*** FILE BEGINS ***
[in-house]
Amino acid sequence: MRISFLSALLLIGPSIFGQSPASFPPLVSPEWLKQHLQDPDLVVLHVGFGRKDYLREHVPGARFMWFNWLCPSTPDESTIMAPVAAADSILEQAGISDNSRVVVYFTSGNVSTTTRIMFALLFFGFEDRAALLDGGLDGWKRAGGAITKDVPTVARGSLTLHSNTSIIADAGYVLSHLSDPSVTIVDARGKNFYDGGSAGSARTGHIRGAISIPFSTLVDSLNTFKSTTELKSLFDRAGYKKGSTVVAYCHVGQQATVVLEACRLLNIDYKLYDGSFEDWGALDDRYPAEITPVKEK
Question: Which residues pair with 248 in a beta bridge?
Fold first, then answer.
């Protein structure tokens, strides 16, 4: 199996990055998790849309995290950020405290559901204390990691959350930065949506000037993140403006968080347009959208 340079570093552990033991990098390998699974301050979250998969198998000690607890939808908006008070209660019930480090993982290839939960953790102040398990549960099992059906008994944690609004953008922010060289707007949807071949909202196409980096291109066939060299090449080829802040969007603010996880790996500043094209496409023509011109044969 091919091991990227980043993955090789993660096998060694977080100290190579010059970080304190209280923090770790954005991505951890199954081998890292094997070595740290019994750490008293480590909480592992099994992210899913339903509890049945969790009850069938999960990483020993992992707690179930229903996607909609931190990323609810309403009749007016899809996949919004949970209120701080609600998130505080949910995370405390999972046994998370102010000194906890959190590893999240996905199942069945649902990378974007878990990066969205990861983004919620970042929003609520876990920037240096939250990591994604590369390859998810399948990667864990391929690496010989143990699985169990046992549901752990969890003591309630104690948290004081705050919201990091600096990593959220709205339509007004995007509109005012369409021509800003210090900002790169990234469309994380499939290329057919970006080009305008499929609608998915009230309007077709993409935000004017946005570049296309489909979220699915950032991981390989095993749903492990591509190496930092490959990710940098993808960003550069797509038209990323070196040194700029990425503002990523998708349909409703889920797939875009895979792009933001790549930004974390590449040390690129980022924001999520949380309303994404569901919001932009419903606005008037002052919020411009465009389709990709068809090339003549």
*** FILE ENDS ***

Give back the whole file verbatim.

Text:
[in-house]
Amino acid sequence: MRISFLSALLLIGPSIFGQSPASFPPLVSPEWLKQHLQDPDLVVLHVGFGRKDYLREHVPGARFMWFNWLCPSTPDESTIMAPVAAADSILEQAGISDNSRVVVYFTSGNVSTTTRIMFALLFFGFEDRAALLDGGLDGWKRAGGAITKDVPTVARGSLTLHSNTSIIADAGYVLSHLSDPSVTIVDARGKNFYDGGSAGSARTGHIRGAISIPFSTLVDSLNTFKSTTELKSLFDRAGYKKGSTVVAYCHVGQQATVVLEACRLLNIDYKLYDGSFEDWGALDDRYPAEITPVKEK
Question: Which residues pair with 248 in a beta bridge?
Fold first, then answer.
């Protein structure tokens, strides 16, 4: 199996990055998790849309995290950020405290559901204390990691959350930065949506000037993140403006968080347009959208 340079570093552990033991990098390998699974301050979250998969198998000690607890939808908006008070209660019930480090993982290839939960953790102040398990549960099992059906008994944690609004953008922010060289707007949807071949909202196409980096291109066939060299090449080829802040969007603010996880790996500043094209496409023509011109044969 091919091991990227980043993955090789993660096998060694977080100290190579010059970080304190209280923090770790954005991505951890199954081998890292094997070595740290019994750490008293480590909480592992099994992210899913339903509890049945969790009850069938999960990483020993992992707690179930229903996607909609931190990323609810309403009749007016899809996949919004949970209120701080609600998130505080949910995370405390999972046994998370102010000194906890959190590893999240996905199942069945649902990378974007878990990066969205990861983004919620970042929003609520876990920037240096939250990591994604590369390859998810399948990667864990391929690496010989143990699985169990046992549901752990969890003591309630104690948290004081705050919201990091600096990593959220709205339509007004995007509109005012369409021509800003210090900002790169990234469309994380499939290329057919970006080009305008499929609608998915009230309007077709993409935000004017946005570049296309489909979220699915950032991981390989095993749903492990591509190496930092490959990710940098993808960003550069797509038209990323070196040194700029990425503002990523998708349909409703889920797939875009895979792009933001790549930004974390590449040390690129980022924001999520949380309303994404569901919001932009419903606005008037002052919020411009465009389709990709068809090339003549």